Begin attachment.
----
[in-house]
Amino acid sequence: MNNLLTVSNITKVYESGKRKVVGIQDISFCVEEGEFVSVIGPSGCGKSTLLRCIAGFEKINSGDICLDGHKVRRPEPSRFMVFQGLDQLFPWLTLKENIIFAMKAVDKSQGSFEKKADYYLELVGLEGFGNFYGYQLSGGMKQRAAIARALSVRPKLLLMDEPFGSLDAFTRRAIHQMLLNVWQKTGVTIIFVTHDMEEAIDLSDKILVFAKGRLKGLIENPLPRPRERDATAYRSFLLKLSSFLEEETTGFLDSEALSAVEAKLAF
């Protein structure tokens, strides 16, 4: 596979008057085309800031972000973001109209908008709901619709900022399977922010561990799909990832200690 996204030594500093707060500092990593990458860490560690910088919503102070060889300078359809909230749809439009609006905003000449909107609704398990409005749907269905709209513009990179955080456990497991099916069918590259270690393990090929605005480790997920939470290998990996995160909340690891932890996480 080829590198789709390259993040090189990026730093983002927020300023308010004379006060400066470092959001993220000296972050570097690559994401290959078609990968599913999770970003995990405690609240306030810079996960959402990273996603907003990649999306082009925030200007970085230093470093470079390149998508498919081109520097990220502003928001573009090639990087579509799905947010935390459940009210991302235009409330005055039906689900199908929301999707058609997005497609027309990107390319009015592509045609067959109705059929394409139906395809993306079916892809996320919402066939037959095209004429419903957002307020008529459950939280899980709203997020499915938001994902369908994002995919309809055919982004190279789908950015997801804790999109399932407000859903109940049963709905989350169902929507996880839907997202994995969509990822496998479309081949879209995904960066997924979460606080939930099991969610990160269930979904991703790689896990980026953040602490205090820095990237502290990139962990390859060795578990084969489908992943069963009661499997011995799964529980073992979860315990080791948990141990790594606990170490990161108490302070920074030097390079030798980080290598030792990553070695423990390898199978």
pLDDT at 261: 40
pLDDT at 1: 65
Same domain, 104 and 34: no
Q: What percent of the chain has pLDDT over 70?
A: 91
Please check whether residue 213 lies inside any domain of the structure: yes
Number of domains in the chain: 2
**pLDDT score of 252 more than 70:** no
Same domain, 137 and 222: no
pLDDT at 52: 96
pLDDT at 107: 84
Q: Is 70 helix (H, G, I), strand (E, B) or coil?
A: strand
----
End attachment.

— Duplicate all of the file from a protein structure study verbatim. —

[in-house]
Amino acid sequence: MNNLLTVSNITKVYESGKRKVVGIQDISFCVEEGEFVSVIGPSGCGKSTLLRCIAGFEKINSGDICLDGHKVRRPEPSRFMVFQGLDQLFPWLTLKENIIFAMKAVDKSQGSFEKKADYYLELVGLEGFGNFYGYQLSGGMKQRAAIARALSVRPKLLLMDEPFGSLDAFTRRAIHQMLLNVWQKTGVTIIFVTHDMEEAIDLSDKILVFAKGRLKGLIENPLPRPRERDATAYRSFLLKLSSFLEEETTGFLDSEALSAVEAKLAF
């Protein structure tokens, strides 16, 4: 596979008057085309800031972000973001109209908008709901619709900022399977922010561990799909990832200690 996204030594500093707060500092990593990458860490560690910088919503102070060889300078359809909230749809439009609006905003000449909107609704398990409005749907269905709209513009990179955080456990497991099916069918590259270690393990090929605005480790997920939470290998990996995160909340690891932890996480 080829590198789709390259993040090189990026730093983002927020300023308010004379006060400066470092959001993220000296972050570097690559994401290959078609990968599913999770970003995990405690609240306030810079996960959402990273996603907003990649999306082009925030200007970085230093470093470079390149998508498919081109520097990220502003928001573009090639990087579509799905947010935390459940009210991302235009409330005055039906689900199908929301999707058609997005497609027309990107390319009015592509045609067959109705059929394409139906395809993306079916892809996320919402066939037959095209004429419903957002307020008529459950939280899980709203997020499915938001994902369908994002995919309809055919982004190279789908950015997801804790999109399932407000859903109940049963709905989350169902929507996880839907997202994995969509990822496998479309081949879209995904960066997924979460606080939930099991969610990160269930979904991703790689896990980026953040602490205090820095990237502290990139962990390859060795578990084969489908992943069963009661499997011995799964529980073992979860315990080791948990141990790594606990170490990161108490302070920074030097390079030798980080290598030792990553070695423990390898199978």
pLDDT at 261: 40
pLDDT at 1: 65
Same domain, 104 and 34: no
Q: What percent of the chain has pLDDT over 70?
A: 91
Please check whether residue 213 lies inside any domain of the structure: yes
Number of domains in the chain: 2
**pLDDT score of 252 more than 70:** no
Same domain, 137 and 222: no
pLDDT at 52: 96
pLDDT at 107: 84
Q: Is 70 helix (H, G, I), strand (E, B) or coil?
A: strand